This article would not have been possible without the generous support of the Rosa Luxemburg Foundation, Berlin, Germany. Thanks to an exchange scholarship between the Rheinische Friedrich-Wilhelms-Universität Bonn and the University of Wisconsin–Madison, I was able to spend eleven months at the Department of Anthropology in Madison, where many of the ideas put forth in this text emerged in conversations with colleagues there. A travel grant from the German Ancient America Foundation (Deutsche Altamerika-Stiftung) enabled me to present a paper on this topic at the Annual Meeting of the American Society of Ethnohistory in Las Vegas, Nevada, in 2015. Many people have given important feedback on drafts of this text or contributed with discussions and ideas to its development. I would especially like to thank Leonie Benker, Tamar Blickstein, Brian Donahoe, Timo Duile, Antje Gunsenheimer, Christian Mader, Sirin Knecht, Larry Nesper, Karoline Noack, Žiga Podgornik-Jakil, Sabine Sielke, and the organizers and participants of the Current Issues in North American Studies Lecture Series at the Rheinische Friedrich-Wilhelms-Universität Bonn, who invited me to present some of the research findings reflected in this text. Finally, I would like to thank the editors of Ethnohistory for facilitating a rewarding editing process, especially Robbie Ethridge for her thoughtful editorial comments.

Notes

1

Cherokee Nation v. the State of Georgia, 30 U.S. 1, 1831.

2

The three cases that make up the Marshall trilogy are Johnson v. McIntosh, 21 U.S. 543 (1823), Cherokee Nation v. Georgia 30 U.S. 1 (1831), and Worcester v. Georgia 31 U.S. 515 (1832).

3

I use the descriptor (post)colonial to indicate that the Cherokees’ (and other native communities’) contact and then entanglement with the legal system of another sovereign started with a colonial legal system (in British colonial times) and was continued and extended with a postcolonial legal system (after the end of British colonial rule with the United States of America). From the perspective of the native communities, the end of British rule certainly did not mean the end of colonial power relations. Although there were some continuities, the legal relationship with the British and then later with the Americans was doubtless a change in both style and content.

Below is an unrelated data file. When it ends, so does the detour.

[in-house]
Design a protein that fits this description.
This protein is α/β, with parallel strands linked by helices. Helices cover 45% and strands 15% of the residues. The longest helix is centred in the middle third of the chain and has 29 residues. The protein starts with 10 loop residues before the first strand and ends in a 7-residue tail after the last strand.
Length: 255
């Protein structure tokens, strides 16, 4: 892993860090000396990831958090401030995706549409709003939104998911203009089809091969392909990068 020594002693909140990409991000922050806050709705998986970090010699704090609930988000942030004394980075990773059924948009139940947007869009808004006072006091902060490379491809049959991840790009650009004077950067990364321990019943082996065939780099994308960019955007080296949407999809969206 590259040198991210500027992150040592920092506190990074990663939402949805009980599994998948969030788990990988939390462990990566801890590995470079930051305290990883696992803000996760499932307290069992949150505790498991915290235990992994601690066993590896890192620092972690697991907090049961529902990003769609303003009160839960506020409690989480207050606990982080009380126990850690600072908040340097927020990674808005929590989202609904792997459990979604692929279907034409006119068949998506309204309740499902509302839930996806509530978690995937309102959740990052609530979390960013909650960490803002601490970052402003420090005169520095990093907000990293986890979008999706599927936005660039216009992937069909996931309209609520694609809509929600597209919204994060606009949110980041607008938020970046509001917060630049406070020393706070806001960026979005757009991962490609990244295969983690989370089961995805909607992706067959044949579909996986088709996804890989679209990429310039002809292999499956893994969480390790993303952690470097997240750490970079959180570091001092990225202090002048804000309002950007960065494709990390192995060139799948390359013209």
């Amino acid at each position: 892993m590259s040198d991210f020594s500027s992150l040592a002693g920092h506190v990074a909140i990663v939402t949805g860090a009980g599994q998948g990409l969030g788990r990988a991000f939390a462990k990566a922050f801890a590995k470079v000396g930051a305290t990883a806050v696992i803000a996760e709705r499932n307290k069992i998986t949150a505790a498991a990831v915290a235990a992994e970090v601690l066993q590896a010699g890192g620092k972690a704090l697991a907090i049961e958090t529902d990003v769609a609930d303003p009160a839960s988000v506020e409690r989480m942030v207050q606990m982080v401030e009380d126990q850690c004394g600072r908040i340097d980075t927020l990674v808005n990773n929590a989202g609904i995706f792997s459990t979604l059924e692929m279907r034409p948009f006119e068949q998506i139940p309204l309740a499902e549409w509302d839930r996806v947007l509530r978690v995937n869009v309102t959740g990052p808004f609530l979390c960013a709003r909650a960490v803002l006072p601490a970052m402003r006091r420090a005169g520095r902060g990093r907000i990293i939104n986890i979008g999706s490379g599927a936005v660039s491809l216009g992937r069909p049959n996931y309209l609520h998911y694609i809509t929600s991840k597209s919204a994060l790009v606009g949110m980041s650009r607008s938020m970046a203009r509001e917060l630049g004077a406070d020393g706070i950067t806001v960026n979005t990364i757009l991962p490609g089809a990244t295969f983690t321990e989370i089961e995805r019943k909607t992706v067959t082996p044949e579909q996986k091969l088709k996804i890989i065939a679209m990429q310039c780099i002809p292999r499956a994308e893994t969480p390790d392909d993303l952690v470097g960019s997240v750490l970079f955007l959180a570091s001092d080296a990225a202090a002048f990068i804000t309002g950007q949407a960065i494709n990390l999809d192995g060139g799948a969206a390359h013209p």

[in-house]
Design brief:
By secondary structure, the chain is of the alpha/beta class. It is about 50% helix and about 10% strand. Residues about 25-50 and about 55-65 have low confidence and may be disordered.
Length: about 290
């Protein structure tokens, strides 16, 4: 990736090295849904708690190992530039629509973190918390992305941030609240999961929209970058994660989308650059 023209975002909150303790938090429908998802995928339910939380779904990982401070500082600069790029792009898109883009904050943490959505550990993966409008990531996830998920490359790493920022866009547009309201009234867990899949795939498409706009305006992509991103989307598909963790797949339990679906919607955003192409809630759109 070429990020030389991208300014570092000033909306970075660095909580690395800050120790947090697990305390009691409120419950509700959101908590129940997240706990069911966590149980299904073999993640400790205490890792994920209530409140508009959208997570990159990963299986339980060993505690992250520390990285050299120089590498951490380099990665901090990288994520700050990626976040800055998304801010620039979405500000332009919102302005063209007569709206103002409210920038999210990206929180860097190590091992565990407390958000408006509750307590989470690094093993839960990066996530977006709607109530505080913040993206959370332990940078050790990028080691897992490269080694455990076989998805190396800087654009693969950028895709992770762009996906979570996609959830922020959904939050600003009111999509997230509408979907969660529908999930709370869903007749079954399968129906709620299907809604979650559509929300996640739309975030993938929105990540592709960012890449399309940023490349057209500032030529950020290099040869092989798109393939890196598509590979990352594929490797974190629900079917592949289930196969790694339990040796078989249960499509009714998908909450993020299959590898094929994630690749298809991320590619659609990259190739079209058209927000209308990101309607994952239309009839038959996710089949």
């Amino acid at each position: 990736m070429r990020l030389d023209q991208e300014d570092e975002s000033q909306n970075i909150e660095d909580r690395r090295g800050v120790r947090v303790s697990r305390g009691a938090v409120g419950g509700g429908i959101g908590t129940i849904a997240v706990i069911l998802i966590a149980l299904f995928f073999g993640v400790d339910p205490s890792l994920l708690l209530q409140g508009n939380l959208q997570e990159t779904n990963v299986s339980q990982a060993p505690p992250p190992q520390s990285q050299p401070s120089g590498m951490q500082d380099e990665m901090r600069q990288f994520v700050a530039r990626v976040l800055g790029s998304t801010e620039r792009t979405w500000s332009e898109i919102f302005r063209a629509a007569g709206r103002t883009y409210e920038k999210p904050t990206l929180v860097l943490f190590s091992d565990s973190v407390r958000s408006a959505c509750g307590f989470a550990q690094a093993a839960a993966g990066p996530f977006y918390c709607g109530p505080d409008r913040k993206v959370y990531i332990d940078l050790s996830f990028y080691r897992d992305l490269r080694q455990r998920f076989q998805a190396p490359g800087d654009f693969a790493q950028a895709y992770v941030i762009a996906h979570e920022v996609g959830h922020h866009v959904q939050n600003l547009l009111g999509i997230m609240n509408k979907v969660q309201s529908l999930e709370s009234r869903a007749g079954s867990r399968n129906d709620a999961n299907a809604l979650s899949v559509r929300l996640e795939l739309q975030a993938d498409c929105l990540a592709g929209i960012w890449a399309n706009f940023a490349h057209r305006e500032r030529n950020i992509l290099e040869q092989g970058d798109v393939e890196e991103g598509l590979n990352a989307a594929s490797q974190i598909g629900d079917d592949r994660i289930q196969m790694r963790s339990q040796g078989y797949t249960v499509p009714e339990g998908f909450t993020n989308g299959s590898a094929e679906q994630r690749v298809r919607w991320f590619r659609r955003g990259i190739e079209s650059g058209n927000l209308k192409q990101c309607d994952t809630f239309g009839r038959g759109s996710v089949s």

4

One of the most cited definitions in this regard is the one that José Martínez Cobo, who acted as UN Special Rapporteur of the Sub-Commission on Prevention of Discrimination and Protection of Minorities, elaborated in his report Study of the Problem of Discrimination against Indigenous Populations (the “Cobo Report”): “Indigenous communities, peoples and nations are those which, having a historical continuity with pre-invasion and pre-colonial societies that developed on their territories, consider themselves distinct from other sectors of the societies now prevailing in those territories, or parts of them. They form at present non-dominant sectors of society and are determined to preserve, develop and transmit to future generations their ancestral territories, and their ethnic identity, as the basis of their continued existence as peoples, in accordance with their own cultural patterns, social institutions and legal systems” (Martínez Cobo 1986: para. 379).

5

An illustrative theoretical discussion of the anthropological debates on indigeneity is provided by Zenker (2011), who discusses the term in a conceptual dialogue with nationalism and autochtony.

6

Treaty with the Cherokee, 28 Nov. 1785, 7 Stat. 18.

7

I take all quotations from Cherokee Nation v. Georgia from Peters’s (1831) edition of the court documents.

8

Worcester v. Georgia 31 U.S. 515 (1832): 515–21.

9

Johnson and Graham’s Lessee v. William McIntosh, 21 U.S. 543, 1823.

10

One most recent examples of the conflicts arising from ongoing legal pluralism is the Cherokee Freedmen controversy that reveals the tensions arising from competing rights regimes, namely civil rights and tribal sovereignty, see, e.g., Sturm 2014.

11

In the same context, Ford criticizes this strand of literature, noting that it focuses too much on the Cherokee cases and too little on the criminal jurisdiction cases she investigates. That may very well be. However, I believe that it is equally important not to forget the Cherokee cases, as they keep one mindful of the fact that, contrary to Ford’s contention, legal pluralism was not fully eroded.

12

Johnson v. McIntosh, 21 U.S. 543 (1823): 588.